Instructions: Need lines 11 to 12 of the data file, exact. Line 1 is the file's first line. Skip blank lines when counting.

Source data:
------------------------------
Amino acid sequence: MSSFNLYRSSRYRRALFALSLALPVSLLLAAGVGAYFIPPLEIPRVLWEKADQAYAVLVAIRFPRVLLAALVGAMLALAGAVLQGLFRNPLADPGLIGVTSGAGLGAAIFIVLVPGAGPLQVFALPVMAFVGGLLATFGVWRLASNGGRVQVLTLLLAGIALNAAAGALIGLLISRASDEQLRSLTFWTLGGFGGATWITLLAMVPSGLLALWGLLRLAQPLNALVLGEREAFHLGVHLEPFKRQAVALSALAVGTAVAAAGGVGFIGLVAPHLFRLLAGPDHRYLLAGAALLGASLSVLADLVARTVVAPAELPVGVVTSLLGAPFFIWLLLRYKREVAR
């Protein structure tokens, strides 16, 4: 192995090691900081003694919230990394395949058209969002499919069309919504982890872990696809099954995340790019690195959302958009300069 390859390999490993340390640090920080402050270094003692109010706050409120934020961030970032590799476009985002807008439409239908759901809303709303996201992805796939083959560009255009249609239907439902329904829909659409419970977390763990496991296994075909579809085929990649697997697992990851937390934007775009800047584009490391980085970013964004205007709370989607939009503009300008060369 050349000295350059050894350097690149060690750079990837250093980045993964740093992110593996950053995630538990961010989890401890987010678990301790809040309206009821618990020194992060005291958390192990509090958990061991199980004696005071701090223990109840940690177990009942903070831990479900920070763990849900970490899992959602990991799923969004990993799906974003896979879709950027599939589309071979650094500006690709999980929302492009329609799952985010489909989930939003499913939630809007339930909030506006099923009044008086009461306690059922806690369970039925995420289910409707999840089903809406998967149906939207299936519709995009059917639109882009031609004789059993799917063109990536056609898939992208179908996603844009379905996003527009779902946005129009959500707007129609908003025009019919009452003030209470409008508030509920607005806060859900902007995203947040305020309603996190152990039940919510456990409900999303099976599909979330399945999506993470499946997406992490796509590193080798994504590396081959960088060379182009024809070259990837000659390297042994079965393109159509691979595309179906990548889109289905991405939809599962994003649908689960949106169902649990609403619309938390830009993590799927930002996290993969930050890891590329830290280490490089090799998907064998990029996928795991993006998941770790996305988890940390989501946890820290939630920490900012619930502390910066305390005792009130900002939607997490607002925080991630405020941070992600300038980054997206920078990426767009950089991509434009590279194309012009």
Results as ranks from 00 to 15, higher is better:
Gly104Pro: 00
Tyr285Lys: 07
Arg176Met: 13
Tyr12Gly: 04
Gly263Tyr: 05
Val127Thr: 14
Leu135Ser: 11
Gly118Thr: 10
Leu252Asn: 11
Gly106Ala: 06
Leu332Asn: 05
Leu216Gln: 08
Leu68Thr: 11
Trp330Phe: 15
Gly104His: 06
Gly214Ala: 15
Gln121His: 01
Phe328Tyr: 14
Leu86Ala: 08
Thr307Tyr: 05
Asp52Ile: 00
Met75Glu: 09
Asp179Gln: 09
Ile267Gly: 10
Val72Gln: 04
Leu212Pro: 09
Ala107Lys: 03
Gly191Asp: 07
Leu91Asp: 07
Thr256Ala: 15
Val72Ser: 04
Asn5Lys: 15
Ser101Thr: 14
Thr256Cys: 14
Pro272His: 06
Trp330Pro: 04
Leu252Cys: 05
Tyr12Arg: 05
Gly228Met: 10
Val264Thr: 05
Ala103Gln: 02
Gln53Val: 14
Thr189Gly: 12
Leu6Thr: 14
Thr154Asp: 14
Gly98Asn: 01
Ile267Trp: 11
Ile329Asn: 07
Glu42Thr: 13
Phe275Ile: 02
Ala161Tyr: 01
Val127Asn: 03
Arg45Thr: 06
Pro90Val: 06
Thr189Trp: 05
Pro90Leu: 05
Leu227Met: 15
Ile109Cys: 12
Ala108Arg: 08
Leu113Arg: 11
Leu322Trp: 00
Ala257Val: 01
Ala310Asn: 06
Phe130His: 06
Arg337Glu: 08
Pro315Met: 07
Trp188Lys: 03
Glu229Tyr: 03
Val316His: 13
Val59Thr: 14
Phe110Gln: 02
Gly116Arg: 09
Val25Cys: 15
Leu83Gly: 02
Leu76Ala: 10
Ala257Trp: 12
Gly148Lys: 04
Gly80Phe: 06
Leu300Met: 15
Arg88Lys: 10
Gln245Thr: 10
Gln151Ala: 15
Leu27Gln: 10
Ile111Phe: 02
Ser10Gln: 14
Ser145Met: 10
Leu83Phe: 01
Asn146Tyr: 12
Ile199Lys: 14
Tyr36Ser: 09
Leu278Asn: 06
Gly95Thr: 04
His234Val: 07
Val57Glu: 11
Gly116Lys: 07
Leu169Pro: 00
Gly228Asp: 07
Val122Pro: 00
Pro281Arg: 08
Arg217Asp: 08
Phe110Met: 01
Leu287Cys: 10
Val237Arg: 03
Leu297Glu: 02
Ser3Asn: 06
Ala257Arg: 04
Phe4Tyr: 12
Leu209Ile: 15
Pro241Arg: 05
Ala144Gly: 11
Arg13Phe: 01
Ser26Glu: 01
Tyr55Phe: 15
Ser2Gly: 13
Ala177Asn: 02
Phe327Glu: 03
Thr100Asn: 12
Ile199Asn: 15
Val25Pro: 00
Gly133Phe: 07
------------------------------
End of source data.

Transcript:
Gly118Thr: 10
Leu252Asn: 11